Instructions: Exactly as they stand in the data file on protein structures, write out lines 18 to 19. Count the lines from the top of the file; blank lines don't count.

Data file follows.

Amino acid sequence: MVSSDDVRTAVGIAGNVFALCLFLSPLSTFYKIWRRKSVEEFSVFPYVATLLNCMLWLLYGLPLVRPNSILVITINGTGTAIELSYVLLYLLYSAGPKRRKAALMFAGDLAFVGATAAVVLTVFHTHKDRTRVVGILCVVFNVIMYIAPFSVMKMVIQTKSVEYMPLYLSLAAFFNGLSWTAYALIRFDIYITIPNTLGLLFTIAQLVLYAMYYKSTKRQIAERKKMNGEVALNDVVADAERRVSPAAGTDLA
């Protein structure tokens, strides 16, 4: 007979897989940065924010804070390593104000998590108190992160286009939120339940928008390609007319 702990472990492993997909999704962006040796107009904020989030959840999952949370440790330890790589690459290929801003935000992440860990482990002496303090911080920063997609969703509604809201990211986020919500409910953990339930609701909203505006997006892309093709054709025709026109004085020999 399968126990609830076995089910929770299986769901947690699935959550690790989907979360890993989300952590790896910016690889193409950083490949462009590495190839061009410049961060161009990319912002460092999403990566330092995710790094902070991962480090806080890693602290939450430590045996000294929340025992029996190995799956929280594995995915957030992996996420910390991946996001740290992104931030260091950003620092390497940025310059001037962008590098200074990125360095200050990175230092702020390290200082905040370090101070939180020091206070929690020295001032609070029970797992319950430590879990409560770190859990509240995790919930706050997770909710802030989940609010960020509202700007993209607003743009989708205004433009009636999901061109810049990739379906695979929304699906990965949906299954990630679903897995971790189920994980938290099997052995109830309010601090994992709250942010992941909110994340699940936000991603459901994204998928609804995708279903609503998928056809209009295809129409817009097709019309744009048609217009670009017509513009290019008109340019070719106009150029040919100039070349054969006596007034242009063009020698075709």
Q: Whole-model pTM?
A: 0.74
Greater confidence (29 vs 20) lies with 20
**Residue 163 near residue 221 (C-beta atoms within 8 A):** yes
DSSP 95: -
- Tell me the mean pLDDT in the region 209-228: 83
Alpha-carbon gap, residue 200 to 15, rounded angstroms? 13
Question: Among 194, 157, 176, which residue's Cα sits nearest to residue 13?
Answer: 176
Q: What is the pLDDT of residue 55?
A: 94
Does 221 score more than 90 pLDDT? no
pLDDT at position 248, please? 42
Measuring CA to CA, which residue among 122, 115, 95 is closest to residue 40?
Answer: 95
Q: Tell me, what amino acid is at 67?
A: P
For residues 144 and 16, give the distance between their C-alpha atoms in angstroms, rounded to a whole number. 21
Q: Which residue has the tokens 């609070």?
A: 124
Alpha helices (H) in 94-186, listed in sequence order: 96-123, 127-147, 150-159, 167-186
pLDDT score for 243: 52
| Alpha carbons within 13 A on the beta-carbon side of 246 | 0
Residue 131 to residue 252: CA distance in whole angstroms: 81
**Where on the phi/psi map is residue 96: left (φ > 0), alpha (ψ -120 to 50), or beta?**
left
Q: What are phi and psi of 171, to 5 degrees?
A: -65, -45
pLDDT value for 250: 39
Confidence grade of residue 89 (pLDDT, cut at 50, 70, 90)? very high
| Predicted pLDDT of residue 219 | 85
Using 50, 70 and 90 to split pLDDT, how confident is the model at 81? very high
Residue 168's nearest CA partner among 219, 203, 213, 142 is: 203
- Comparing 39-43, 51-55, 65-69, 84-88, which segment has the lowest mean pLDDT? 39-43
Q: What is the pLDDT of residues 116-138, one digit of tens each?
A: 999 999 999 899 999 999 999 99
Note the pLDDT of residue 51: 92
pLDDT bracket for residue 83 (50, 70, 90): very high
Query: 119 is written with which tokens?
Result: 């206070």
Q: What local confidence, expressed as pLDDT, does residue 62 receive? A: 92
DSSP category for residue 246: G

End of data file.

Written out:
Q: Tell me, what amino acid is at 67?
A: P